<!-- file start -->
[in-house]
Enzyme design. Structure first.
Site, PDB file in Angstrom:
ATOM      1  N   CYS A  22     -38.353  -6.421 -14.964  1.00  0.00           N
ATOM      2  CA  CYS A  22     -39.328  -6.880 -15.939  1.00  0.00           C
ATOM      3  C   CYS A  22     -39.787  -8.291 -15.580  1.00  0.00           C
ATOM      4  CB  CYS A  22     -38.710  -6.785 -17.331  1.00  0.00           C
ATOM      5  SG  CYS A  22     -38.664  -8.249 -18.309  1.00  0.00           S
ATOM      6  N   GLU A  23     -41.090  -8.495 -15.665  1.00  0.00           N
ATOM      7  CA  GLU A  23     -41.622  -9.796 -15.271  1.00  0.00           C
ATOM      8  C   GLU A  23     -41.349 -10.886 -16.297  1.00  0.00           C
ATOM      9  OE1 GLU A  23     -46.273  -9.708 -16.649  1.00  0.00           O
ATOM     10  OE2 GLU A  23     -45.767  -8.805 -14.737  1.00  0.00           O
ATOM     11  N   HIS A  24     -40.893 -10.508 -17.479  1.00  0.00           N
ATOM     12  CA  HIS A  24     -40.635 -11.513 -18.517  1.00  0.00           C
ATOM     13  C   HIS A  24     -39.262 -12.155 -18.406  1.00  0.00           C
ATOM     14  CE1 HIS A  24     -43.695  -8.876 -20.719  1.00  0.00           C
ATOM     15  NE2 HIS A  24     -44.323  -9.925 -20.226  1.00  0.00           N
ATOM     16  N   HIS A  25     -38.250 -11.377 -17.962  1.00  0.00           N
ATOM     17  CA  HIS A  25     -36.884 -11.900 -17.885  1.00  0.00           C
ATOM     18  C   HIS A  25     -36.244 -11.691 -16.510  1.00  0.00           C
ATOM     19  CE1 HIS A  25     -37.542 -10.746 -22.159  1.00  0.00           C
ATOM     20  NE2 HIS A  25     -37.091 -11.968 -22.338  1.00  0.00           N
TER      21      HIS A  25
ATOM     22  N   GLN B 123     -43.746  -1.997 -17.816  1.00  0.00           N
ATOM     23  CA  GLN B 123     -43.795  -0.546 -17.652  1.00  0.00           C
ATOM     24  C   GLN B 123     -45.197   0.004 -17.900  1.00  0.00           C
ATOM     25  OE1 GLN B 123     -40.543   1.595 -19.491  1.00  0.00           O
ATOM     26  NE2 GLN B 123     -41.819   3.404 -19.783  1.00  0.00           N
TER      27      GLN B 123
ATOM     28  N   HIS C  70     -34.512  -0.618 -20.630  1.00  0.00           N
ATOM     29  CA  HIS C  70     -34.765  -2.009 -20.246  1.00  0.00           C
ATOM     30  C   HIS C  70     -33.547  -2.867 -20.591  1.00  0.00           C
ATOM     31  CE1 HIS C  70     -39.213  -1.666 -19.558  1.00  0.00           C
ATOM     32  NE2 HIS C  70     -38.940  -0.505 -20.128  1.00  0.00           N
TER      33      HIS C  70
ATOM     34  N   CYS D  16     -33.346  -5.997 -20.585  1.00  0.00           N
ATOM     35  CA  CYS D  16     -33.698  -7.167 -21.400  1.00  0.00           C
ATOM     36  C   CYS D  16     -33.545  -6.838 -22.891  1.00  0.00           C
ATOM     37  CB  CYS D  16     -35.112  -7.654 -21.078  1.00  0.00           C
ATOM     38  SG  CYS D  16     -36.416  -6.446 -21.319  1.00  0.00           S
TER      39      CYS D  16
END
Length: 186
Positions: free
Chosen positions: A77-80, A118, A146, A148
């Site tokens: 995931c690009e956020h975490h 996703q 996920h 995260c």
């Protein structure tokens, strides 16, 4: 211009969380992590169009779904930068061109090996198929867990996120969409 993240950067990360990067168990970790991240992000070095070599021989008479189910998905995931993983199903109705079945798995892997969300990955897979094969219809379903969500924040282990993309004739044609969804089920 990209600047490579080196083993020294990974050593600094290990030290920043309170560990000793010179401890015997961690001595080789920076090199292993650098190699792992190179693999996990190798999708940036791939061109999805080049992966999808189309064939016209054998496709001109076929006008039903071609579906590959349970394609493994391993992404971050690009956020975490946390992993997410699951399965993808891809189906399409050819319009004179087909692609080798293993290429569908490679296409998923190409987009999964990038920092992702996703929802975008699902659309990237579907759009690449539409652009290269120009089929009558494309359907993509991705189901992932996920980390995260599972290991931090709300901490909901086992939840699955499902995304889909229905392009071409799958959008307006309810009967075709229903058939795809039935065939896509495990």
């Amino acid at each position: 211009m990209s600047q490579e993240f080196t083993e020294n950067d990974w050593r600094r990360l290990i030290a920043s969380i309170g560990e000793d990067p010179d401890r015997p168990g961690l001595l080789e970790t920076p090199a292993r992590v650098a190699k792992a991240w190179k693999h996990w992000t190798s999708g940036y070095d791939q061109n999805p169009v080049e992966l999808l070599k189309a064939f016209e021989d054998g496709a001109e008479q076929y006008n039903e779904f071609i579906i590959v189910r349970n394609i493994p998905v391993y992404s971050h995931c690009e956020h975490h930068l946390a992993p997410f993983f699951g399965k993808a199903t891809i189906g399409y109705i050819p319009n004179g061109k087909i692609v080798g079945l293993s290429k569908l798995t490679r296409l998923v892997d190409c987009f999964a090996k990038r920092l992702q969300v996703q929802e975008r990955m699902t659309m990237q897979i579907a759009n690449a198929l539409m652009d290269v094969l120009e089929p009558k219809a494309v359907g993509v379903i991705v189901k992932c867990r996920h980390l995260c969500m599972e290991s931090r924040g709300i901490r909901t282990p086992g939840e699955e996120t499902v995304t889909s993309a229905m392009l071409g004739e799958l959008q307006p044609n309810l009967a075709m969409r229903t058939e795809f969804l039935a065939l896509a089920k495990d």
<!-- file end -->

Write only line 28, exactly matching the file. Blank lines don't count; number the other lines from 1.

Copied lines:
ATOM     25  OE1 GLN B 123     -40.543   1.595 -19.491  1.00  0.00           O